You will also want to look for the Jewish Heroes’ Mausoleum that is next door. The cemetery and gardens contain monuments to Jews who died during the Holocaust, as well as the bodies of non-Jewish people who helped to protect the lives of so many people.

Why You Should Visit:
Very large and very unique synagogue, with well-organised tours in many languages.

Go upstairs and spend some time in the museum and archives as they are particularly informative and enlightening.
You do have to dress modestly, though you can pay for an overall-type thing if your clothing isn't suitable.

Opening Hours:
Mon-Tue, Thu: 10am-4pm; Wed: 10:30am-4pm; Fri: 10am-2pm
Tree of Life / Raoul Wallenberg Park

10) Tree of Life / Raoul Wallenberg Park (must see)

Raoul Wallenberg Park is a place of commemoration for the people who risked their lives to help keep the Jewish population of Budapest safe during the days of WWII. Raoul Wallenberg was a Swedish diplomat at the time and one of the main leaders in the movement to protect the Hungarian Jews. If this group had been caught, they would have been executed.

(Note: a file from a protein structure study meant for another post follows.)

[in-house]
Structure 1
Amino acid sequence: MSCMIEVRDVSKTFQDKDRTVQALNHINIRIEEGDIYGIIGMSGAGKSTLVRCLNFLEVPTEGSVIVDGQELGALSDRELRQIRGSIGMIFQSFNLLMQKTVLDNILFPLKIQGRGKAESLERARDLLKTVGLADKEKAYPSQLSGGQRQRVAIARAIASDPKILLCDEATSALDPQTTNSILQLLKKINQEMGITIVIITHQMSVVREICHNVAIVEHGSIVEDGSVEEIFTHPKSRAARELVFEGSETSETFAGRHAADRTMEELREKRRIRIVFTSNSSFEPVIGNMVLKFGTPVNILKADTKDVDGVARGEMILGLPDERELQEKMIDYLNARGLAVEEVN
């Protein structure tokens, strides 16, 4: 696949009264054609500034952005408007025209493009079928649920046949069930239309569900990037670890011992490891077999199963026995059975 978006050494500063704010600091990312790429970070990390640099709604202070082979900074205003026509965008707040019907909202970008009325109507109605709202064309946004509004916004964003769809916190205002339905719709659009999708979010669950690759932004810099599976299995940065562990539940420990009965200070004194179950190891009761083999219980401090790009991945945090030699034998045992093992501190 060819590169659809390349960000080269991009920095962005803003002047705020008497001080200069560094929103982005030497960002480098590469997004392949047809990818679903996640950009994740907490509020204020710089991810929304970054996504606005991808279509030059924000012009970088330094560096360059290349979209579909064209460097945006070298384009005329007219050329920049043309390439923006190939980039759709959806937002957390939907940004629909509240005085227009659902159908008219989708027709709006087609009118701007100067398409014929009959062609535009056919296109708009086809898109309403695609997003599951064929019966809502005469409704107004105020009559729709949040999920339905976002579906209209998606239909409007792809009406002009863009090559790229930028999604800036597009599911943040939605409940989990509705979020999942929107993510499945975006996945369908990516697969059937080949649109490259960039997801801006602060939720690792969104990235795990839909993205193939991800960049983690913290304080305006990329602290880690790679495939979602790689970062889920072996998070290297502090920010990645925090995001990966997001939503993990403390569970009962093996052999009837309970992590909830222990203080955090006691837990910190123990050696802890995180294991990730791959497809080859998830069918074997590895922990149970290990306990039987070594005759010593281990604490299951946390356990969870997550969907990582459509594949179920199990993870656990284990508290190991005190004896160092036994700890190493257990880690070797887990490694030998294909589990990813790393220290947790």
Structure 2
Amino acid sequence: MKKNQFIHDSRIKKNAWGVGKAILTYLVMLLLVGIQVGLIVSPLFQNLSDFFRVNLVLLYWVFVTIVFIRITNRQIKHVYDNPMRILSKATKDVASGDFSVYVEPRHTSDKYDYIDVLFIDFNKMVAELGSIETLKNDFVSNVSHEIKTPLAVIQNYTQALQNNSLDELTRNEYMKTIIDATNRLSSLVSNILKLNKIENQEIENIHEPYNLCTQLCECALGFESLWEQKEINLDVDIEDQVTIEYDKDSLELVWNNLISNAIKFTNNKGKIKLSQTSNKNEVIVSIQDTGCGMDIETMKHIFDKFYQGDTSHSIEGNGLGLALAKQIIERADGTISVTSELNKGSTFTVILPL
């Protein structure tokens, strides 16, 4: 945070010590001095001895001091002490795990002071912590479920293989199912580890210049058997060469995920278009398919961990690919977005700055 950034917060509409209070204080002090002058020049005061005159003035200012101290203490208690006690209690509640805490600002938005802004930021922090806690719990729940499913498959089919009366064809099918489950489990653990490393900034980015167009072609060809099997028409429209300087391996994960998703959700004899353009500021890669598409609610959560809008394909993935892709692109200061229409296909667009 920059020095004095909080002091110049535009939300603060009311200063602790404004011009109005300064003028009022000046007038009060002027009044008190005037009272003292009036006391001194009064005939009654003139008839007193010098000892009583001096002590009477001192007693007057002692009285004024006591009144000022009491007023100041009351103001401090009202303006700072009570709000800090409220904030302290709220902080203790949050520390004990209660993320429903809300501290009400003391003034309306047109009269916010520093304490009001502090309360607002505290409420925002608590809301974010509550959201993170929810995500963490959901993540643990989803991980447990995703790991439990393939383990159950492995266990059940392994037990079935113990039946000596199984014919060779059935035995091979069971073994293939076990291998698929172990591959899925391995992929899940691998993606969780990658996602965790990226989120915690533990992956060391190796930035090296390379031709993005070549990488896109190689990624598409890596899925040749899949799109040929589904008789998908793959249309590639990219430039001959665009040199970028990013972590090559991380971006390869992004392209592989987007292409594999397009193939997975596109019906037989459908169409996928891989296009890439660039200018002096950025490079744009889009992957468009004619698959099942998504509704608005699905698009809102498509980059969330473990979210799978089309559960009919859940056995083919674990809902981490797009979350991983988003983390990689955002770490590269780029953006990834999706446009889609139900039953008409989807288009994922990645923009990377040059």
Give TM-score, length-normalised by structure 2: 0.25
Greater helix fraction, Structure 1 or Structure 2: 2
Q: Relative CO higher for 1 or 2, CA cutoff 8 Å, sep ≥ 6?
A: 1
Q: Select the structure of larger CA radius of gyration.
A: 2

The famous Tree of Life memorial is a commemorative sculpture that has its home in the center of the park. It was designed to pay tribute to the 5,000 Holocaust victims that are buried in the area. It is made into the shape of a willow tree, which in traditional Hungarian Jewish thinking, is a symbol of mourning. It can also represent an overturned menorah. There is also a synagogue here, with some rather famous copies of Torahs housed in their ark.

The park was started in the 1990s after Hungary was returned to a democratic state. A large donation from the world famous Estee Lauder (approximately $5 million U.S.) made the whole memorial possible, with completion having occurred in 1996.

You can walk by the outside of the park to see the tree, but it's probably better to go inside and see it (staying outside is free while going inside requires an admission fee).
Vidago Palace (Concert Hall)

11) Vidago Palace (Concert Hall)

The Vigado Palace Concert Hall is a historic music center located along the shores of the Danube River in Budapest, Hungary. It was built from 1859 through 1864. The architect was Frigyes Feszl. The structure actually is a replacement for the original that was located there and was completely lost to fire during the 1848-49 Hungarian Revolution.